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Victoria British Columbia Attractions
There needs to be balance in life. One can't just eat pastry and chocolate, and drink tea. Although I certainly did that. Victoria British Columbia offered many reasons to push myself away from the table and head out into the city.
Distinctive NeighborhoodsVictoria is a great walking city with different neighborhoods offering different pleasures. Lower Johnson Street combines colorfully painted historic buildings with local shopping, restaurants. Nearly all estimated 40 businesses are locally owned. The Inner Harbour is the premier strolling area of the city. It's home to the Parliament Buildings, the Fairmont Empress Hotel, and places to enjoy the activities of the harbor. On Wharf Street at 1208 by the Harbor, stop in at Catawampus Fudge and Funk - the motto is What woman doesn’t like chocolate and bling. Head to Government Street for more shopping and dining. If military memorabilia is your thing, Command Post of Militaria & Antiques at 1306 will delight you. Also on Government Street visit Munro's Books for the gorgeous 1900s neo-classical architecture, the lovely banners by artist Carole Sabiston, and their huge and eclectic collection of books. Of course, there is tea, chocolate, and pastries to be enjoyed throughout the city. Kids may not be interested in shops, but they might enjoy the Victoria Bug Zoo. At the other end of town, stop by Chinatown. It's small, but offers Fan Tan Alley – the narrowest street in Canada - as well as Dragon Alley.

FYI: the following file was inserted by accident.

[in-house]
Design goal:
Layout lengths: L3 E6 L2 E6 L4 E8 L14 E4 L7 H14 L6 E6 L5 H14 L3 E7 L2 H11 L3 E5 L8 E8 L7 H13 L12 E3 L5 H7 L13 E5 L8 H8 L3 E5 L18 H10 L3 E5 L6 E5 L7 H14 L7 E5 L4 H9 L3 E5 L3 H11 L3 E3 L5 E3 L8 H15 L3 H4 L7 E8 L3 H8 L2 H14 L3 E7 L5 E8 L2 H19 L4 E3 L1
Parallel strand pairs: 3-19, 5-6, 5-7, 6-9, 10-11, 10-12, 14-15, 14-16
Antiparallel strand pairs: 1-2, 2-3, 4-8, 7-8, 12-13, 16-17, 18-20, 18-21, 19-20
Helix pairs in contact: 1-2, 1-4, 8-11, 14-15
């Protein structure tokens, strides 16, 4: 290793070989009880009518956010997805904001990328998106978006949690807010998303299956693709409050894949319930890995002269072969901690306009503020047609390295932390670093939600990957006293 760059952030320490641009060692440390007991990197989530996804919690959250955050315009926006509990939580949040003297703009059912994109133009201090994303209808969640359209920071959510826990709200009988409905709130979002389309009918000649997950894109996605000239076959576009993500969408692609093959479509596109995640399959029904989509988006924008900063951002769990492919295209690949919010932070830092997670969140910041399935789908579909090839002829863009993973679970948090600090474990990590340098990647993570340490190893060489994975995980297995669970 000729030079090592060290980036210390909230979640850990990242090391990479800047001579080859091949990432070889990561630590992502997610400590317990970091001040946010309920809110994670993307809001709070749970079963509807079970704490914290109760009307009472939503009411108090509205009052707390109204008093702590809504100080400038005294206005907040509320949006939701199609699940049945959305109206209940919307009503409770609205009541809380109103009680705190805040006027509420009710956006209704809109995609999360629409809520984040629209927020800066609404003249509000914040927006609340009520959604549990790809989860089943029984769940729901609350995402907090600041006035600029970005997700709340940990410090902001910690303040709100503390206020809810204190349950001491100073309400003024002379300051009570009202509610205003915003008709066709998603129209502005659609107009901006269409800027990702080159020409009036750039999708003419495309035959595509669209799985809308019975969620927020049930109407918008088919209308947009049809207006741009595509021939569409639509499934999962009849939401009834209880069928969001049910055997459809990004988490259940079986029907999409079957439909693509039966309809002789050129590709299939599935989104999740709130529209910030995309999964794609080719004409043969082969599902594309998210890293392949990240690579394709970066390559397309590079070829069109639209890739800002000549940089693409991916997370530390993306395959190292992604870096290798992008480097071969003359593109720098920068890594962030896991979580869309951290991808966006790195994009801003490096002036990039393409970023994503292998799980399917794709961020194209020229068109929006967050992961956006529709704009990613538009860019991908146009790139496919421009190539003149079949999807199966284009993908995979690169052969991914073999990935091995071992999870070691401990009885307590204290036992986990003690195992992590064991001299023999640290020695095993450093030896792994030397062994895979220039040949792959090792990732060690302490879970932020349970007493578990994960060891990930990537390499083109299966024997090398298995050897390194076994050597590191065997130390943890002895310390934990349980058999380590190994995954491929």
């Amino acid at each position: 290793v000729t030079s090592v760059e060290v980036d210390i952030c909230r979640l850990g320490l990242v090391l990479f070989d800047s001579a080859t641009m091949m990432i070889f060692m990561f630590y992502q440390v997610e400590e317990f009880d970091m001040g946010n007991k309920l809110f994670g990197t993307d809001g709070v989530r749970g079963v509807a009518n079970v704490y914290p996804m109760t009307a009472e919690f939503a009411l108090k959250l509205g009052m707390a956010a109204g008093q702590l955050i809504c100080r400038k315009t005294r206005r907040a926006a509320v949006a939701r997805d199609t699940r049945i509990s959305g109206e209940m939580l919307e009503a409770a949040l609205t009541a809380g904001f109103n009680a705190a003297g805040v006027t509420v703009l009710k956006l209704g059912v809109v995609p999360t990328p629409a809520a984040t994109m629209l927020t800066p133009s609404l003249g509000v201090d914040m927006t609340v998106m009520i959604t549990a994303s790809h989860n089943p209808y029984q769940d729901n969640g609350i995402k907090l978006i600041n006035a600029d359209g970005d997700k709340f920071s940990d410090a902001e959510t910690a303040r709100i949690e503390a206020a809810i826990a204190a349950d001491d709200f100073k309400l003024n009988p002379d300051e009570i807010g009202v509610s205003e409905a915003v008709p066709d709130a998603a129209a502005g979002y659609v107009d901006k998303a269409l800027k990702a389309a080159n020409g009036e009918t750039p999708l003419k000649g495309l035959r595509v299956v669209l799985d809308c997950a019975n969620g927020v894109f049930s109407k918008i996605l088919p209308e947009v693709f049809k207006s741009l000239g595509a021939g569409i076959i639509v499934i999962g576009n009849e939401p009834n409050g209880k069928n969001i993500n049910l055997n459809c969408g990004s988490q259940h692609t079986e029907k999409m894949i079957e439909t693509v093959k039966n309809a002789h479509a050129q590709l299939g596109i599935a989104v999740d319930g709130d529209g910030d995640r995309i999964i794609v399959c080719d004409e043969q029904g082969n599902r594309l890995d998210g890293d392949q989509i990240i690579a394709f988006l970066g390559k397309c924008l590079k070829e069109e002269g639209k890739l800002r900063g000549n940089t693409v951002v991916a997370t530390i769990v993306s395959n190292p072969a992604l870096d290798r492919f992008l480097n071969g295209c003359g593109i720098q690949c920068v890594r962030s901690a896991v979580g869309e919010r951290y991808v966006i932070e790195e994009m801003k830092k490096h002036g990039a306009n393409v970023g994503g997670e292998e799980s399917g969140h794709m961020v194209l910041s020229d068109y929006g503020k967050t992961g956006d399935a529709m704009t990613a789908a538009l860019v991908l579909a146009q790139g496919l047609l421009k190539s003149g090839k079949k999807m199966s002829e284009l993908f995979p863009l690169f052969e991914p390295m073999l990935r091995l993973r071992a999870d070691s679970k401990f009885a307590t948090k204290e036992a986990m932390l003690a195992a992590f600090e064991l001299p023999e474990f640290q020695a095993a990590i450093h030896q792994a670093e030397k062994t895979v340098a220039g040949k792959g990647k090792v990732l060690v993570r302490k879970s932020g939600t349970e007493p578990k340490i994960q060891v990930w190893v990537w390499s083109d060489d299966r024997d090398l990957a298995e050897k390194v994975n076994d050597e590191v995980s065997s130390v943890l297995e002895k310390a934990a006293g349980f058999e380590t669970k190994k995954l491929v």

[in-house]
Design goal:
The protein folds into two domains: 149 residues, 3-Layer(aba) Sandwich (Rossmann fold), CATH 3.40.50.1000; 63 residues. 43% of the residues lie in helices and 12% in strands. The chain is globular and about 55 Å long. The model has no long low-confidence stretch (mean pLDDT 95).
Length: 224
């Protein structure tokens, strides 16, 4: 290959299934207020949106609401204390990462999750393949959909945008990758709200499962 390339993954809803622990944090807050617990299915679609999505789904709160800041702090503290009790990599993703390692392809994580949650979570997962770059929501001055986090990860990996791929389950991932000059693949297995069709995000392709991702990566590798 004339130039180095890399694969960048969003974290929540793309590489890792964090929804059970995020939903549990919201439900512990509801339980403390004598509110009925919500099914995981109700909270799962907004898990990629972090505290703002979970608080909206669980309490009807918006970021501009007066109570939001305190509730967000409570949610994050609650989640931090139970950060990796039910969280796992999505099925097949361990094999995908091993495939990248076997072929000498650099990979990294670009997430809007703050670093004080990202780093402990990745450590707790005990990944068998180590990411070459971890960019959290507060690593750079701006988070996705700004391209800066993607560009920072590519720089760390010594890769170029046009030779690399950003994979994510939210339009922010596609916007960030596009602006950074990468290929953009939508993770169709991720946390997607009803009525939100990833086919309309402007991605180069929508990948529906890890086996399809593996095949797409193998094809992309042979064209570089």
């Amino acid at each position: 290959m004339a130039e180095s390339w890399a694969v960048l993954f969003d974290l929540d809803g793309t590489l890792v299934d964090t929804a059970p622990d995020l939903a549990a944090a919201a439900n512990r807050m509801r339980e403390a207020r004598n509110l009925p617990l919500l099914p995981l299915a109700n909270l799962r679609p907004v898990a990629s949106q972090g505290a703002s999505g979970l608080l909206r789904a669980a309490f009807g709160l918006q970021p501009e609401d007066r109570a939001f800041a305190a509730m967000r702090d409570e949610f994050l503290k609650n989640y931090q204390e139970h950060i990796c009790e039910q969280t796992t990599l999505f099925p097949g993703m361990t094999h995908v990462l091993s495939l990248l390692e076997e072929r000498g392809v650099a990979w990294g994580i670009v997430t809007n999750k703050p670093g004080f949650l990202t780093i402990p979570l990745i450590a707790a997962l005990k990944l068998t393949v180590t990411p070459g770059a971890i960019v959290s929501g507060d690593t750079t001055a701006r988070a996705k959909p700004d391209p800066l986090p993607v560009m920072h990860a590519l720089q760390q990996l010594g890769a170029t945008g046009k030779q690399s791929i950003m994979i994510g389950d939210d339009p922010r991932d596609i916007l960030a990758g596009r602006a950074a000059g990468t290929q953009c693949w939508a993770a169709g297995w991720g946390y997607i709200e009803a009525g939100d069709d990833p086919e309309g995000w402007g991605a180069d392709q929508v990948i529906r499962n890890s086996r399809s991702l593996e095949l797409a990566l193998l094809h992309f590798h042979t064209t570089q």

Craigdarroch CastleThe dream of coal baron Robert Dunsmuir, Craigdarroch (which means "rocky oak place" in Gaelic) was completed in 1890 and filled with stained glass, intricate woodwork, and plush Victorian-era furniture. Subsequently it functioned as a military hospital, a college and now the Craigdarroch Castle Historic House Museum. There's a good mix of historical photos of the lives of the different family members and their lives and history. Sadly, Robert died in 1889 before the house was completed. The sons finished the construction and his widow Joan and several family members moved in. Family squabbles broke out. After Joan died, the castle and land changed hands. . There was also whiffs of scandal. Dola Cavendish was the granddaughter of Robert Dunsmuir, and daughter of James Dunsmuir. She was a fan/follower of the flamboyant actress Tallulah Bankhead and became either her lifelong friend, or her lover, or a bit of both. The family history fascinates.
Explore History and First Nations ArtThe Royal BC Museum offers an introduction to the richness of the history of British Columbia. Guided tours of First People, Natural History, and Modern History tours, or join the Highlights Tour with a taste of each. Admission to the IMAX Theatre is extra. Don't miss the third floor history gallery and First Peoples Gallery. Be certain to walk through their impressive outdoor totem pole collection towering over Thunderbird Park, and the kids will love it, too. If you should get hungry, the Museum Café serves the delicious dishes of Willie's Bakery. For art you can purchase, head to Alcheringa for contemporary fine native art. The gallery focuses on native artists from the Northwest Coast of Canada, Papua New Guinea, and Australia. Hill's Native Art also features First Nations art.